In this #snack we’ll unlock what makes Gen Z different and explain the best ways to engage and retain this new generation of hospitality talent.
Millennials are leaving the hospitality sector in droves, with almost 210,000 exiting the industry since December 2019. This has added fuel to the roaring fire of shortages in the industry.
The good news is that a new type of workforce is entering hospitality.
Generation Z, defined as anyone under 25, are taking up more positions than ever before.
But what are the challenges with Gen Z?
And how do you develop them into a successful part of your team?
Let’s dive in.
Meeting the demands of a new generation
Between December 2019 and October 2021, Millennials in the fast food and casual dining sectors declined from 51% to 43%. At the same time, Gen Z increased from 26% to 38% – a big increase!
Clearly, Gen Z are entering fast food and fast-casual at a rapid pace.
But who are they?
A common mistake made when defining Gen Z and Millennials is grouping them together as “young people”.
And while there’s a few overlapping similarities between the two, there’s also significant differences.
Leading jobs site Indeed.com put together a useful guide to explain this. According to them, Millennials value things like teamwork and input from co-workers. Gen Z on the other hand are highly entrepreneurial, more competitive and focused on individual success.
To manage Gen Z and develop them into kick-ass members of your team, you need to know what makes them tick.
A flexible work/life balance
One consistent value shared by Millenials and Gen Z is they both desire a healthy work/life balance. Flexibility is crucial to keeping Gen Z engaged and motivated.
Influencing this is the emergence of the gig economy. FastCasual.com reported on the findings of a study from The Workforce Institute that found that over 55% of Gen Z are drawn to gig work that allows them to work their own schedule.
One third made it clear they would never tolerate an employer who gave them no say over their work schedule.
Look, the day to day reality of running a restaurant means you can’t let employees drop in and out whenever they want.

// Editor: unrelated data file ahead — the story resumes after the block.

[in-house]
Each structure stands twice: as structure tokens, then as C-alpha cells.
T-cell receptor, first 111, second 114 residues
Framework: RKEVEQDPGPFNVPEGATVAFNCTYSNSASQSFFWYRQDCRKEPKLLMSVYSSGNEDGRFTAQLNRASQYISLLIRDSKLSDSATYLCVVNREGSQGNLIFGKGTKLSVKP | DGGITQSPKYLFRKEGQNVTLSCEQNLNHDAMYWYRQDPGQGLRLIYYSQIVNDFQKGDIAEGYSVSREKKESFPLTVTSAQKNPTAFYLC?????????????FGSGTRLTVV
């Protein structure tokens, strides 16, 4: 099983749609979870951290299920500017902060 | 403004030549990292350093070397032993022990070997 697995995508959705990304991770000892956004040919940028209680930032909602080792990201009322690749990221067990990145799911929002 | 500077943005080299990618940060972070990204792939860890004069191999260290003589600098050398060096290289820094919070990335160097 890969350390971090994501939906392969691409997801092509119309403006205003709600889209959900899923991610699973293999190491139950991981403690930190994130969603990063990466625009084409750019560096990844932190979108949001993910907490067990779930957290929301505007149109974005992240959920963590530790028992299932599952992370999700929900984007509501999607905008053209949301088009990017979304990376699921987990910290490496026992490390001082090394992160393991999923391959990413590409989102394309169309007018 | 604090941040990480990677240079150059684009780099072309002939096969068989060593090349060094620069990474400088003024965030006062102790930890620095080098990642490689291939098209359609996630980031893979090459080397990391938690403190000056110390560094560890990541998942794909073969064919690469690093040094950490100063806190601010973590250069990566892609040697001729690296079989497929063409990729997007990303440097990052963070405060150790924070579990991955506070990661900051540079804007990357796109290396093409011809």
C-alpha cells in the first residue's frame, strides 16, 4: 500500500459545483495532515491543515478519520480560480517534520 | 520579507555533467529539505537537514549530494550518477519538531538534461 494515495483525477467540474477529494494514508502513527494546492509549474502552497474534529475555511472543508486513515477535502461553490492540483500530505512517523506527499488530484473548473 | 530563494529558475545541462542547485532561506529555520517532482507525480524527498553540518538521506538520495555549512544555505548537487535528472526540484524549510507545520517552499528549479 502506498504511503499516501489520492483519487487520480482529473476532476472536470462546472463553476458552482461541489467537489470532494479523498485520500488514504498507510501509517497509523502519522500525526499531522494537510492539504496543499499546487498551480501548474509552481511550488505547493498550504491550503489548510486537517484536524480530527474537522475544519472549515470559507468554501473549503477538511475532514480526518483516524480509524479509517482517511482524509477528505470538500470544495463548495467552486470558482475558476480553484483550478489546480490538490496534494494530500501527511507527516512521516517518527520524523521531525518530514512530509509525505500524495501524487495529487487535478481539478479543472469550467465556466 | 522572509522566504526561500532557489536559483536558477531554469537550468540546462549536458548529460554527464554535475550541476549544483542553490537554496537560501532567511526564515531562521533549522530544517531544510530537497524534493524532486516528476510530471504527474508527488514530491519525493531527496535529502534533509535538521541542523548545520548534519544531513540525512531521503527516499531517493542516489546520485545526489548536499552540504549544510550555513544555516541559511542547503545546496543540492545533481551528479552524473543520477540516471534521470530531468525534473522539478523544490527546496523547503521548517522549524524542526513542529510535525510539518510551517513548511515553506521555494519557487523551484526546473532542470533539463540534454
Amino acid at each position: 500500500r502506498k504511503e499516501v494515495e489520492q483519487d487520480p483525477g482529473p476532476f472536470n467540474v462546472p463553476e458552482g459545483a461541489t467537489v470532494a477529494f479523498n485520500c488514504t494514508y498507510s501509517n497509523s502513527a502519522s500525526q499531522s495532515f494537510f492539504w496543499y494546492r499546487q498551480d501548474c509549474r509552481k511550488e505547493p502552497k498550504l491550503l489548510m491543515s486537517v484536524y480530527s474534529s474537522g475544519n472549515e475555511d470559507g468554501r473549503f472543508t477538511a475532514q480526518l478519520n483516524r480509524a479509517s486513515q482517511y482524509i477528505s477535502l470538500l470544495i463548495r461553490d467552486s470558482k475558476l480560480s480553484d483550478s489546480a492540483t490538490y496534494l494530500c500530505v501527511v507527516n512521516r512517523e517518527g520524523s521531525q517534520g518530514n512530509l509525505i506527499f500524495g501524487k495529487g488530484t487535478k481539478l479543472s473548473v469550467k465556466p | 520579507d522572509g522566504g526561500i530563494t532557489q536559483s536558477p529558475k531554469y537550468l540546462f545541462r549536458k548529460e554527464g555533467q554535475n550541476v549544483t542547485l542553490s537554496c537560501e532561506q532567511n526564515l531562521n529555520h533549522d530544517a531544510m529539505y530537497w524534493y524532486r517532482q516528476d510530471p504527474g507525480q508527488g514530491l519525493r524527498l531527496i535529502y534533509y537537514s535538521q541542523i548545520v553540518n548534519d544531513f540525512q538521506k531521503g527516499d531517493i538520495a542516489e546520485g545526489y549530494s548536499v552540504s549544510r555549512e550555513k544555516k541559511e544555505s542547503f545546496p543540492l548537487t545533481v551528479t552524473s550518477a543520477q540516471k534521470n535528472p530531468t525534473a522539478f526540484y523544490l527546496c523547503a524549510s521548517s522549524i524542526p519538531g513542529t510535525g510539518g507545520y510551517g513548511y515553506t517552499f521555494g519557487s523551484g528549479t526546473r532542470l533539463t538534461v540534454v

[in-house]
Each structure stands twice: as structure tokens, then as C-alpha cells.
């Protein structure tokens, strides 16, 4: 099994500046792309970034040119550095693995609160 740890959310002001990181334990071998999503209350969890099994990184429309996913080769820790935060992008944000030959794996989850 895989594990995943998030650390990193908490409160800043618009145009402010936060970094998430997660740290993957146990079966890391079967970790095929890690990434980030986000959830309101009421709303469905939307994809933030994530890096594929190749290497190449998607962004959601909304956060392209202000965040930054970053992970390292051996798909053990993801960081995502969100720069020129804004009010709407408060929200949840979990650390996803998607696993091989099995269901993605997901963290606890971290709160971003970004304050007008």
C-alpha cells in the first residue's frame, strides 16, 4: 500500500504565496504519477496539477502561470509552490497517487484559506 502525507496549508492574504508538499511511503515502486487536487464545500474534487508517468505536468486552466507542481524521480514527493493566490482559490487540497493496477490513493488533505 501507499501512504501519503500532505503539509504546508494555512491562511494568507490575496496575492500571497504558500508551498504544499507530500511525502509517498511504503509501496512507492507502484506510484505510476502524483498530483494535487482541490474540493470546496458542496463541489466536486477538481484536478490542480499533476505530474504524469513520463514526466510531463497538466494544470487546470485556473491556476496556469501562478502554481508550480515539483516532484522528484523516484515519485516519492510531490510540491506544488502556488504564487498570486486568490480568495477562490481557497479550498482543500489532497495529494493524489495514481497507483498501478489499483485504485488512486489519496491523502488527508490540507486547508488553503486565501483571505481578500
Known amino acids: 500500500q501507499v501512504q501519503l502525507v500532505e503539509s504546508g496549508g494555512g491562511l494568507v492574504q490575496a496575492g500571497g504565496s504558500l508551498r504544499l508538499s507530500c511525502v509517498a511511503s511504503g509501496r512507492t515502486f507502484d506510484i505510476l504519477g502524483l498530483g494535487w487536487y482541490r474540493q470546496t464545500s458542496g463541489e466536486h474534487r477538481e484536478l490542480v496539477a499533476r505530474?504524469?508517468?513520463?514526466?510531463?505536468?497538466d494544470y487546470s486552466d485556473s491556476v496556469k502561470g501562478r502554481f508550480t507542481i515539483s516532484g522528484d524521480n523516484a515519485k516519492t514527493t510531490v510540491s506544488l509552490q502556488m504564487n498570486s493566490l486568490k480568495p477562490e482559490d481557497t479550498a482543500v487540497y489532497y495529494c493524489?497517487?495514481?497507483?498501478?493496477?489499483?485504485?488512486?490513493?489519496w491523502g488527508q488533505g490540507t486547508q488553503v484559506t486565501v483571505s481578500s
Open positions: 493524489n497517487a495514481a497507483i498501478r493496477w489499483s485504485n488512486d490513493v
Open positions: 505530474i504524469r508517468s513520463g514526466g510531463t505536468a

But, by adopting some aspects of the gig economy culture – namely flexibility and independence – and combining it with the stability of regular employment, you have a greater chance of appealing to Gen Z recruits.
A progression driven culture
In-N-Out Burger regularly places sky high on Glassdoor and Indeed for best places to work. Around them are Google and Lululemon, two companies famed for their employee centred culture.
You’re probably thinking it’s odd to see a fast-food chain founded in 1948 among globally recognised tech and lifestyle brands right?
If you dig deeper though, you’ll find that In-N-Out has created a culture where employee development is a huge part of who they are. In this environment, passionate employees are fully supported in the pursuit of progression from entry-level to leadership roles.
Progression and individual success are important factors that appeal to Gen Z and to retain them for longer, you need career progression as part of your culture.
A modern and digital workplace
Technology is rapidly shaping the way a business operates in every industry. It’s no different in hospitality, where platforms are available to manage nearly all aspects of running a restaurant.
Gen Z are the first generation to be raised in front of a screen. Millennials experienced a time before high-speed internet and smartphone tech, while Gen Z are online from an extremely early age.